Certainly there will be those who look at the kind of dinosaur mentality that these two men represent in an industry that has only taken baby steps in 50 years to correct itself. Those quick on the cancel button may be shocked at moments especially a prescient one as Welles believes "we're going to have a black President pretty soon" but quickly ruins it by what that could mean for "their ghettos.") Hopper admits to not only wanting to see actresses nude and take their pictures but also a distinct Oedipal complex. Those are all momentary asides in-between debating on visual storytelling vs. emotion and the story itself as well as a fantastic discussion about the responsibility of the artist to speak out against injustices whether it be through their art or speech. The idea that The Last Movie was itself examining the boundaries between reality and fiction lends the kind of murky haze to the topics of their conversation. (Just two years later Welles would release F for Fake.) Welles talks as the "director as God." "God doesn't work magic. He performs miracles. Magic is what people do. Watching Hopper/Welles is one of those rare opportunities we have to put a glass to the wall of history and be that proverbial fly privy to a pair of influential artists discuss their insecurities and beliefs in a way that a journalist would very unlikely be able to get out of them. And to get a chance to experience it 50 years later is a magic trick in its own right.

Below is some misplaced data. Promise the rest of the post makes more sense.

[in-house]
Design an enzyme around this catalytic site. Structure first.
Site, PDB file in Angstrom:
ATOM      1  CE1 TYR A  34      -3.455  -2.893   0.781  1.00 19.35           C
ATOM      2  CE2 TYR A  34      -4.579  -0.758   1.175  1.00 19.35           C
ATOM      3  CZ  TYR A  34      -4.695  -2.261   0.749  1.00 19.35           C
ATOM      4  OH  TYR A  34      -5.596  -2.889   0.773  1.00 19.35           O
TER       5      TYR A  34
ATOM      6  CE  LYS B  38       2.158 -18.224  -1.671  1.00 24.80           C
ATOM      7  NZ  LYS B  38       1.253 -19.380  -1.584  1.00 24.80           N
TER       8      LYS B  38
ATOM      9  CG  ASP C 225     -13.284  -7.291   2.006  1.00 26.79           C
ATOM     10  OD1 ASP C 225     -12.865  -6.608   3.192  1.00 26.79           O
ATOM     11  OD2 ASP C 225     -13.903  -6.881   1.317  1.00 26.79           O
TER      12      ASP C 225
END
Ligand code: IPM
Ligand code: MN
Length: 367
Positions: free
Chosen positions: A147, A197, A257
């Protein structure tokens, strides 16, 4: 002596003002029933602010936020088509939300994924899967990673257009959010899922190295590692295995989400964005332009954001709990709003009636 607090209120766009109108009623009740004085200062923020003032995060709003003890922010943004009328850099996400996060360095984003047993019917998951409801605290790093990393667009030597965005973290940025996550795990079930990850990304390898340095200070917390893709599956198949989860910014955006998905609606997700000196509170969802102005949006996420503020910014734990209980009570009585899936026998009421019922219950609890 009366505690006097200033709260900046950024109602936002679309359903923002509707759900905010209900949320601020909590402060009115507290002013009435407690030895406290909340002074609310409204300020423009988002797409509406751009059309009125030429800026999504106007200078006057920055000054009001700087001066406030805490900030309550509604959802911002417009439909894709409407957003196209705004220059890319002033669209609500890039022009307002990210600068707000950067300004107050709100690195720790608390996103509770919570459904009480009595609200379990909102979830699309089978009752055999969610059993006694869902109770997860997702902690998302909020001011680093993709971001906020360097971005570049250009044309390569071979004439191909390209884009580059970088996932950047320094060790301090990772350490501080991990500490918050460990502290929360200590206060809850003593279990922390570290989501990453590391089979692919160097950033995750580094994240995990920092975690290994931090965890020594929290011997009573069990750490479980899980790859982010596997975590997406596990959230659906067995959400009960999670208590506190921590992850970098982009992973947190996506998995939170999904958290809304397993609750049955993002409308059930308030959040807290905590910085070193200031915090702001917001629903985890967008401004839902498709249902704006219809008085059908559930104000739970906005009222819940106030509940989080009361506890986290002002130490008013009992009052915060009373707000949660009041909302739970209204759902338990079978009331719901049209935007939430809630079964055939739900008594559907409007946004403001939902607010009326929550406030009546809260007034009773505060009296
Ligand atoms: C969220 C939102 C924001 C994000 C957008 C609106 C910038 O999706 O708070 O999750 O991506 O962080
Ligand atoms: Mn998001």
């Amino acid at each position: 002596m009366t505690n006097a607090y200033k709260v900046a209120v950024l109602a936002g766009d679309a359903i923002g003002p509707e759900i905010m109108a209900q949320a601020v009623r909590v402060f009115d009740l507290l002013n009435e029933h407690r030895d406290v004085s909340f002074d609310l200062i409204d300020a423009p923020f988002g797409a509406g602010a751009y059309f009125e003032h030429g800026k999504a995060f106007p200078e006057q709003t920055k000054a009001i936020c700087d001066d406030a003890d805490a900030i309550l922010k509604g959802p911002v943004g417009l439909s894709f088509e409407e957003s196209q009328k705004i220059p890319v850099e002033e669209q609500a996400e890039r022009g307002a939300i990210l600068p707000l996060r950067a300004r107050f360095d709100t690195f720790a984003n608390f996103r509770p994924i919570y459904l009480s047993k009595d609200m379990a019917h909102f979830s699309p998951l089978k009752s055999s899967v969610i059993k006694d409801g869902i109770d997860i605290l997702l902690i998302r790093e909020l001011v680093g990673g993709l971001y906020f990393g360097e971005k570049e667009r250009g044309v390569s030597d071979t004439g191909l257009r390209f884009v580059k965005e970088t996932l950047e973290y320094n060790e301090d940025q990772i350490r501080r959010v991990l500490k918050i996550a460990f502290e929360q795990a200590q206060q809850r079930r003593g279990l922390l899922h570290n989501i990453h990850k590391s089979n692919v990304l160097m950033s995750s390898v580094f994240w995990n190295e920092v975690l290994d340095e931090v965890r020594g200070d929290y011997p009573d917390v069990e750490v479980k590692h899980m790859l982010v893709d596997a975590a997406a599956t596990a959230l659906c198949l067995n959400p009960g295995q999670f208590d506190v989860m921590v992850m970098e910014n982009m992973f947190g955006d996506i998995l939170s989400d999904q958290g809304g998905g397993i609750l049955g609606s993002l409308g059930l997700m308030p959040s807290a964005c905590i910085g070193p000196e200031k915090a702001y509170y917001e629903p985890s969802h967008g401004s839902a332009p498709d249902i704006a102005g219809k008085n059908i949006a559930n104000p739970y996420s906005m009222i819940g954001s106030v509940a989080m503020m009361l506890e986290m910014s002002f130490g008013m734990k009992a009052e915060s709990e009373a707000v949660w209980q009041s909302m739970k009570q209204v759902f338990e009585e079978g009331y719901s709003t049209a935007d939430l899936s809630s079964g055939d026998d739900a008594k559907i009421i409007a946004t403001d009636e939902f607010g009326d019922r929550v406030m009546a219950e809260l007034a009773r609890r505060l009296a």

Our nation's Federal Bureau of Investigators working to discredit the work of Martin Luther King Jr. may be "the darkest part of the Bureau's history." Those aren't my words, but those of James Comey as heard in the new film by Sam Pollard which documents this period in history with the help of some newly declassified files. No matter how many times one hears of the lengths that J. Edgar Hoover and some of his men went through to undermine King's movement for peace, change and equality it will always be infuriating. Though this is a well put together documentary it is more for those who haven't heard this tale before.

The film begins with portions of FBI memos and buzzwords splashed across the screen and then begins to recite - through the help of scholars and those that knew Dr. King - the passage of time when the Bureau began their surveillance. This early section is fascinating partly because a narrative is laid out where a reasonable observer could understand why there might be an interest in King's association with a known Communist sympathizer. Of course this was all basted in clear racism and Hoover's own words that he "feared the rise of a black messiah." Pollard keeping the focus on footage of and interviews with the key players like King, Hoover and Lyndon Johnson provides a unique visual overview that prevents this from becoming just another talking head retrospective. [br]